This is why 1 Timothy 5:8, Paul says, “But if anyone does not provide for his relatives, and especially for members of his household, he has denied the faith and is worse than an unbeliever.”

Even the pagans, who don’t know God, know to care for their own. (Although as paganism reaches its natural end, this happens less and less; cf. Romans 1:30 and parents dumped in old age homes.)

But, you Christian, know that God has a special concern for the widow and the orphan. You know how to model his Fatherhood. After all, He has by the blood of His son adopted you into His family. Fatherhood is at the heart of the gospel, after all.

And because Fatherhood is at the heart of the gospel, a Christian who refuses to love his own relatives is functionally denying the faith. He is worse than an unbeliever.

You are the first line of provision and care for your family. It should not fall to the church or the state.

Some pointers on false teachers #

The Bible warns often of false teachers. They are no less prevalent in our day. In fact, the rampant confusion and poor education of our day is a fertile feeding ground for such men.

Here are some things to consider:

  1. False teachers aren’t merely wrong, they’re carefully wrong.
  2. False teachers aren’t content to simply have false ideas. They must spread them. That’s why they are false teachers.
  3. False teachers usually prefer informal positions—taking on the roles of trusted advisors rather than official teachers. It allows for influence without accountability.
  4. False teachers are often very driven. It takes effort to not only rebel against God’s Word, but to teach others to do the same. Because of their drive, many aspects of their life will be appealing.
  5. False teachers are perpetual rebranders. They get caught. They rebrand. They get caught. They rebrand again. This is because they are false—repentance isn’t in their wheelhouse.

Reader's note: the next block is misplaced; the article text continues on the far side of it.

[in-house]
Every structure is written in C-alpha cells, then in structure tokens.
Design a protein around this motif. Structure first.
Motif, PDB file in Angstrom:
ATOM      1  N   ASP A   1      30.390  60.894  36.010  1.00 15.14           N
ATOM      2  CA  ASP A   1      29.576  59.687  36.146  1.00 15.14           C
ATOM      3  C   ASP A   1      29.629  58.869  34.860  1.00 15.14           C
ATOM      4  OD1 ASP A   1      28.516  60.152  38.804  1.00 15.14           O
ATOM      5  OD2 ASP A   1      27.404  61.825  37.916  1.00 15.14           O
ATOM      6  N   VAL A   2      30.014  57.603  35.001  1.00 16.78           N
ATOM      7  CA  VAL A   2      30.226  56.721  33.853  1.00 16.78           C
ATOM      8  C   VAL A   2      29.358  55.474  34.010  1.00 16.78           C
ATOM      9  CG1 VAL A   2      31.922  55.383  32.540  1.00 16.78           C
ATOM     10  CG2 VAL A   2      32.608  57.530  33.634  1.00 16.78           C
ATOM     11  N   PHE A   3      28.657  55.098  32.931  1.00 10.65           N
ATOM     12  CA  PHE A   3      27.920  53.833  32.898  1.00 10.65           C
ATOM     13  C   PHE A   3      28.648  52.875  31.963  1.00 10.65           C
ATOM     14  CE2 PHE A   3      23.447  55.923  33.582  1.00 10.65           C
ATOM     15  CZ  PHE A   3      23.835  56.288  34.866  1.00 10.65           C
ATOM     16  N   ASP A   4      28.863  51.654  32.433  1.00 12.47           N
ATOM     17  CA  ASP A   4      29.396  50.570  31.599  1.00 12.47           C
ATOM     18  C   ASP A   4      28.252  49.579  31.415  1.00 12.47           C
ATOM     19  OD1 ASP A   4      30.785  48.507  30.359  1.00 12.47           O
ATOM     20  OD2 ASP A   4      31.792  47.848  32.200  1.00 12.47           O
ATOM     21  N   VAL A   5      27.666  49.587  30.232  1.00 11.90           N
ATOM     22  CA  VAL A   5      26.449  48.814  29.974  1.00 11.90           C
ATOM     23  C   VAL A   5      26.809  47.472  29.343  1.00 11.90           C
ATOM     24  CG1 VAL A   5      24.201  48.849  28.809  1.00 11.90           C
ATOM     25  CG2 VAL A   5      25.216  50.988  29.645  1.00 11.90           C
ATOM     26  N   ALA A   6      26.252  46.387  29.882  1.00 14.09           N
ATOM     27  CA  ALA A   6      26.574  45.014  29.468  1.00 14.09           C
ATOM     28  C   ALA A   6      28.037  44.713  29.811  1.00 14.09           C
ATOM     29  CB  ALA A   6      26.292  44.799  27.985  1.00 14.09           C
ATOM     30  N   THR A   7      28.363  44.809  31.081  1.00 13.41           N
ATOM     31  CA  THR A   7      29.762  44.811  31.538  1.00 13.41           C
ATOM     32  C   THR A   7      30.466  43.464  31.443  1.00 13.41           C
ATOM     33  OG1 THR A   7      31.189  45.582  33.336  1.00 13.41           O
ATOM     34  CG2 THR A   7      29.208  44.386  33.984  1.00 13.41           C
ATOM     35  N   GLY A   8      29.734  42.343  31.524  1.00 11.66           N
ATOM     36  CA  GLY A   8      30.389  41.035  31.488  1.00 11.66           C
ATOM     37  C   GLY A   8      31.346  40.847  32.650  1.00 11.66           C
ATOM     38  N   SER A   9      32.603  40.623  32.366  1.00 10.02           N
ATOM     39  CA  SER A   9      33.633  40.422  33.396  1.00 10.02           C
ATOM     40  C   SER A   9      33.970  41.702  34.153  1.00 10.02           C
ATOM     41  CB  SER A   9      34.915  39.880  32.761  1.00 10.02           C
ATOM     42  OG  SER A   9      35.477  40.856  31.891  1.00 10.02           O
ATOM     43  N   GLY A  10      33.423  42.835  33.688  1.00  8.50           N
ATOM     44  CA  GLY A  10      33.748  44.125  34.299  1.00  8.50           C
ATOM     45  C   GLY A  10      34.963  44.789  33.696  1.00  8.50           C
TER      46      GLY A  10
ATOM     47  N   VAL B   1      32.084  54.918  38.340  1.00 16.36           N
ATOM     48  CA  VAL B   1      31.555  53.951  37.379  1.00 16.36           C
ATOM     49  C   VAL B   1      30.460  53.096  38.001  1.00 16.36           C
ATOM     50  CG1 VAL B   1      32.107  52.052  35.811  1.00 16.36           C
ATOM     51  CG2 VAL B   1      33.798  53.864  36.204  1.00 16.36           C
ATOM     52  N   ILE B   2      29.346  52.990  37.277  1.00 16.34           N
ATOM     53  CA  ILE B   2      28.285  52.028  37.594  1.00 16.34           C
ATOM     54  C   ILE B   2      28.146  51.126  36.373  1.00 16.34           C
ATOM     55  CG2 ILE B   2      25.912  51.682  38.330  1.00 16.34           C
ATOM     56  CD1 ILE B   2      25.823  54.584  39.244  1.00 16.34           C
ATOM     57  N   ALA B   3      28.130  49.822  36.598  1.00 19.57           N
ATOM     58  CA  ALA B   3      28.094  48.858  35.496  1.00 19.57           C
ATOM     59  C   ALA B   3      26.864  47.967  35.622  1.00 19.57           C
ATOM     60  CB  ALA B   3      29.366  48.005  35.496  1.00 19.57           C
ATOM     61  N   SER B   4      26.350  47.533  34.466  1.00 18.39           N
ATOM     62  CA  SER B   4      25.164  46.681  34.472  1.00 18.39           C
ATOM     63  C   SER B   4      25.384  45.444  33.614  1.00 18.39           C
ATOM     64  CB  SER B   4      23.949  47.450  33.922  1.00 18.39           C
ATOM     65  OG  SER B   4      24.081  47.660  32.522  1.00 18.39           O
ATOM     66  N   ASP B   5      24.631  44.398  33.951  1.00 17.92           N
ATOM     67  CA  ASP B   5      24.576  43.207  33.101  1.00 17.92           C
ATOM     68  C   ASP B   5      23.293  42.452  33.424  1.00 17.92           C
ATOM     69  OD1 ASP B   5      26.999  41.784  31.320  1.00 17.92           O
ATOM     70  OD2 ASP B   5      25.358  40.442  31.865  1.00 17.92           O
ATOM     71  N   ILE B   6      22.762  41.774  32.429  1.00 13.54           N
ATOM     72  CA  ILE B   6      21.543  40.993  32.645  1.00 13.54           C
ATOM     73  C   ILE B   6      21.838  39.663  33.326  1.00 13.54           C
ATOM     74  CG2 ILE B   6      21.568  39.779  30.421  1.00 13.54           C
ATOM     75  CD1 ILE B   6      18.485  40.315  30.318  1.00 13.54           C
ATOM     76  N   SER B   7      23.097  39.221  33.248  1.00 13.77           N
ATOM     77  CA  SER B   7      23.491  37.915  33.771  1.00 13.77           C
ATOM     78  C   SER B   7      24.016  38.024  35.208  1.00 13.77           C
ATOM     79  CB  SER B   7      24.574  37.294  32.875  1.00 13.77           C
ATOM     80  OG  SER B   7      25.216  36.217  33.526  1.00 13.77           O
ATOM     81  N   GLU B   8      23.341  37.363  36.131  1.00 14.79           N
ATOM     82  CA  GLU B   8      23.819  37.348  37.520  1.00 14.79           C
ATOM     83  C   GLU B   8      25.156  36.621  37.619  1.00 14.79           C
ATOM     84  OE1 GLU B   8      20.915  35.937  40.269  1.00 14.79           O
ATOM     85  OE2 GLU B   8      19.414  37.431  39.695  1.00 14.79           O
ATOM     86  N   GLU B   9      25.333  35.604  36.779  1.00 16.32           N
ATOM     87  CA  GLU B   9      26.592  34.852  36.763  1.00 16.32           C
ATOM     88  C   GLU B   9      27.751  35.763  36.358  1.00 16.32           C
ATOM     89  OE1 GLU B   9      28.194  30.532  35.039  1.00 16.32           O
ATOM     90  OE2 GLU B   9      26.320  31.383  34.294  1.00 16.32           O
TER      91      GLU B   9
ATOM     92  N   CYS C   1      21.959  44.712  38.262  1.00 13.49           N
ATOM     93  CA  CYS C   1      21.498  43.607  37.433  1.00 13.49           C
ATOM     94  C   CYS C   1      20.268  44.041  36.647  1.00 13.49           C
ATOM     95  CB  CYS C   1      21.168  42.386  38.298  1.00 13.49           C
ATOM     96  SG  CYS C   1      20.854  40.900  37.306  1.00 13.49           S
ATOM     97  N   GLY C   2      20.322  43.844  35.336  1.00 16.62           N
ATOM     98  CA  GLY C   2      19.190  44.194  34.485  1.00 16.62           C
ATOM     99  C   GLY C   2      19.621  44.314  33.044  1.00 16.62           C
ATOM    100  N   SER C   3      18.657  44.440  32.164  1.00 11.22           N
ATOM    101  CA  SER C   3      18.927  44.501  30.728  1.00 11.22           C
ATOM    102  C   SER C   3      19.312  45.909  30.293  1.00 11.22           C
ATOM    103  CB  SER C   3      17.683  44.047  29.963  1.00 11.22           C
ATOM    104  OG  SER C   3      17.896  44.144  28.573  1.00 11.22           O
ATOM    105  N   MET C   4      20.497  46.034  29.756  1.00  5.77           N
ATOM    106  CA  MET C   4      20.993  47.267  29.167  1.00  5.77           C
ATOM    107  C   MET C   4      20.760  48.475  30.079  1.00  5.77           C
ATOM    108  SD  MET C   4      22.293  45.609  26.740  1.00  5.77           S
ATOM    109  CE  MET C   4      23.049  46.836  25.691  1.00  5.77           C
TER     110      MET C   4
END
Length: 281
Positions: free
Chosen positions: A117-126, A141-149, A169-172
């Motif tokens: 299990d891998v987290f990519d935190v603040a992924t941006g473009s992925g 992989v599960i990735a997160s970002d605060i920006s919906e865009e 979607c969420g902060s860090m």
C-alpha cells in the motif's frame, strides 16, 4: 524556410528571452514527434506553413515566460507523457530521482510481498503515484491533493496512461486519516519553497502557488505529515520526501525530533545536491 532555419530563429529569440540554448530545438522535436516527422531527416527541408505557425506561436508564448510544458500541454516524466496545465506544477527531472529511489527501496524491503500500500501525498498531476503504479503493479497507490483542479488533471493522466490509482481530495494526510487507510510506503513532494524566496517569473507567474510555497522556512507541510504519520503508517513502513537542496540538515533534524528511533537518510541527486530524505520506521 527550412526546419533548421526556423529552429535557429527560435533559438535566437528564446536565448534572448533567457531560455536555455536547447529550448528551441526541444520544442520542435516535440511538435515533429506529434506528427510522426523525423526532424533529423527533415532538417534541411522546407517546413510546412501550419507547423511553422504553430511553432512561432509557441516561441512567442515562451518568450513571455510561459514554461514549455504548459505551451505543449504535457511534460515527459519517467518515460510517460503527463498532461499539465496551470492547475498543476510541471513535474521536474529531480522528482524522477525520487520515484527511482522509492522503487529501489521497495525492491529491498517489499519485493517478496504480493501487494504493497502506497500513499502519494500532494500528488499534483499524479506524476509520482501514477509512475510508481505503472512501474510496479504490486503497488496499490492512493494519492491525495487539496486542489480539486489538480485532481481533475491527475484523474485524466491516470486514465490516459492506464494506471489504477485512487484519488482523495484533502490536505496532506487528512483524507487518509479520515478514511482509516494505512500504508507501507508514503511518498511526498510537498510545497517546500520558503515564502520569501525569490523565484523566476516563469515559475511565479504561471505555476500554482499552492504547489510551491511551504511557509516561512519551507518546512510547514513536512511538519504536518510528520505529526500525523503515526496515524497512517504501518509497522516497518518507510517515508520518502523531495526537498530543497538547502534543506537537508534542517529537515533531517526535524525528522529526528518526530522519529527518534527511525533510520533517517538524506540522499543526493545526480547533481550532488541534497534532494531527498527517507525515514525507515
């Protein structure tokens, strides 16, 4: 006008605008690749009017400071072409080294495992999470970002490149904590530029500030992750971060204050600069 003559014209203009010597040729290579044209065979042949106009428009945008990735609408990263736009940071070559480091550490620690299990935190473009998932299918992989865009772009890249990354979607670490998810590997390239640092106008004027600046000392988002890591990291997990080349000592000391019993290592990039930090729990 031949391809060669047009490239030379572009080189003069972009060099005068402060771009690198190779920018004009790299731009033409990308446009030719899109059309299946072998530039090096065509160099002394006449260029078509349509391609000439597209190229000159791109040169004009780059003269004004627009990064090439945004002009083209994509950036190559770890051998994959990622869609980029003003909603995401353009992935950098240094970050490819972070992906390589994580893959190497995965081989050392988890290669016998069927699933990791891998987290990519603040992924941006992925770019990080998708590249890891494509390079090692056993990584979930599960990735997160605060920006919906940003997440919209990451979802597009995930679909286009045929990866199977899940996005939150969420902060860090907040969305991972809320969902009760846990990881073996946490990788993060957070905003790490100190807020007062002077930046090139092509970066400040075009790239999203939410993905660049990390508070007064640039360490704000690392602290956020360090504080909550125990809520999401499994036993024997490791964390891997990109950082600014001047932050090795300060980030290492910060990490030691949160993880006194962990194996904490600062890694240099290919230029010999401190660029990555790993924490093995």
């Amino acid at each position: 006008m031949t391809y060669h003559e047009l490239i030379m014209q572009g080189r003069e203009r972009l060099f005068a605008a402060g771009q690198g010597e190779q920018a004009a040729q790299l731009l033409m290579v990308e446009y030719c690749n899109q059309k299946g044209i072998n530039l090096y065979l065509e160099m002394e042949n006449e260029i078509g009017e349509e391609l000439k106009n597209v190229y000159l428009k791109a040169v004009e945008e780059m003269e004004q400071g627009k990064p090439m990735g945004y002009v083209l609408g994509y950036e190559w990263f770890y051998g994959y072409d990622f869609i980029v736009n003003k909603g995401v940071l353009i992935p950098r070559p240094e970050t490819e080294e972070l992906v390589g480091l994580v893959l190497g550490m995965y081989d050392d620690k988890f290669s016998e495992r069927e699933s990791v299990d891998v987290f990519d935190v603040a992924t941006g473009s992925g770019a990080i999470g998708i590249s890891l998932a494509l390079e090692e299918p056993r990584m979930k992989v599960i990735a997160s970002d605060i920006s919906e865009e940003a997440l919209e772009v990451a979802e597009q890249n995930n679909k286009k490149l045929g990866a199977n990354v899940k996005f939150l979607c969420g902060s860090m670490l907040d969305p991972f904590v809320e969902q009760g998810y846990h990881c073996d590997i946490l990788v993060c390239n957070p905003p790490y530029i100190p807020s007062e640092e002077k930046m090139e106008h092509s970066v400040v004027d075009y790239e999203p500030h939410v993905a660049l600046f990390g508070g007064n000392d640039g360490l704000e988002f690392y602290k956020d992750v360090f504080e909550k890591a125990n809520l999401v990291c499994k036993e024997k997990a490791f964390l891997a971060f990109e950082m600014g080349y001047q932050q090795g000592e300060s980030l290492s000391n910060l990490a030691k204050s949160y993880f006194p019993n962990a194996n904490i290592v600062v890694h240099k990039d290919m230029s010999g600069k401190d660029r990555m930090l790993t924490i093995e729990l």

6. False teachers don’t gain influence by being obvious. Hence, another name for them is “mostly true teachers.” Therein lies the danger.
  7. False teachers can only become successful because many people want to believe falsehoods. They liked to have their ears scratched.

What do you lose if someone just stays wrong? What do you gain by continuing to engage?

Notable: #

The Imaginative Conservative has posted a really helpful review of our book. Thanks Louis Markos:

Reading It’s Good to Be a Man is like bathing in a cold stream. It is fresh and bracing, but it stings and burns. And yet, the church needs that stinging and burning if it is to replace niceness with faithfulness and a desire to please with a passion to transform.

Read the whole thing: “Rehabilitating Masculinity” »

One of the great blessings on our ministry (for us) is not just the kind words we receive from men about our work, but the testimonials of how it has affected them. Here is a recent example:
A man who didn’t expect to like our book finds it encouraging and challenging
If you haven’t got a copy of the book, our website lists all the formats and locations that we know of where you can purchase it.

See buying options for the book

Talk again next week,

Bnonn & Michael